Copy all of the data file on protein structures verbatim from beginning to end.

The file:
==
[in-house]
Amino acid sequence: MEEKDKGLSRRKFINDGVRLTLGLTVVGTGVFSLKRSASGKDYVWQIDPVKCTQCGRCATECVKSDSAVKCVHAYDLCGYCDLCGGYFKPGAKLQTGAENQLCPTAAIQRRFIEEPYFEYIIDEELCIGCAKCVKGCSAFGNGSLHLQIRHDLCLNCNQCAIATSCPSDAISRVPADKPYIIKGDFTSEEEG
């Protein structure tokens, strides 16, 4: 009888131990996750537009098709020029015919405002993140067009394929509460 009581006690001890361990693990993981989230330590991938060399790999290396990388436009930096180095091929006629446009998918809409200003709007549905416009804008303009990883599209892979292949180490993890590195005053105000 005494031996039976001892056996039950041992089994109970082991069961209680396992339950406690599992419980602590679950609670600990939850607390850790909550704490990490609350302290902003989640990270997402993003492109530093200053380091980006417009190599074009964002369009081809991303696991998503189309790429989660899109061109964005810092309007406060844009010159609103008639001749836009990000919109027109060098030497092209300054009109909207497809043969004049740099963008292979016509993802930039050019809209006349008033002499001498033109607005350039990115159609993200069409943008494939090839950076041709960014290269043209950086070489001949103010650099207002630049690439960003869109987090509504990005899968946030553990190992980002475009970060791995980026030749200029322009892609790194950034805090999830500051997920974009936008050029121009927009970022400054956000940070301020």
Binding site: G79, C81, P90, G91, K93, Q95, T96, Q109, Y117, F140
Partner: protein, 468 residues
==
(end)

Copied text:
[in-house]
Amino acid sequence: MEEKDKGLSRRKFINDGVRLTLGLTVVGTGVFSLKRSASGKDYVWQIDPVKCTQCGRCATECVKSDSAVKCVHAYDLCGYCDLCGGYFKPGAKLQTGAENQLCPTAAIQRRFIEEPYFEYIIDEELCIGCAKCVKGCSAFGNGSLHLQIRHDLCLNCNQCAIATSCPSDAISRVPADKPYIIKGDFTSEEEG
């Protein structure tokens, strides 16, 4: 009888131990996750537009098709020029015919405002993140067009394929509460 009581006690001890361990693990993981989230330590991938060399790999290396990388436009930096180095091929006629446009998918809409200003709007549905416009804008303009990883599209892979292949180490993890590195005053105000 005494031996039976001892056996039950041992089994109970082991069961209680396992339950406690599992419980602590679950609670600990939850607390850790909550704490990490609350302290902003989640990270997402993003492109530093200053380091980006417009190599074009964002369009081809991303696991998503189309790429989660899109061109964005810092309007406060844009010159609103008639001749836009990000919109027109060098030497092209300054009109909207497809043969004049740099963008292979016509993802930039050019809209006349008033002499001498033109607005350039990115159609993200069409943008494939090839950076041709960014290269043209950086070489001949103010650099207002630049690439960003869109987090509504990005899968946030553990190992980002475009970060791995980026030749200029322009892609790194950034805090999830500051997920974009936008050029121009927009970022400054956000940070301020």
Binding site: G79, C81, P90, G91, K93, Q95, T96, Q109, Y117, F140
Partner: protein, 468 residues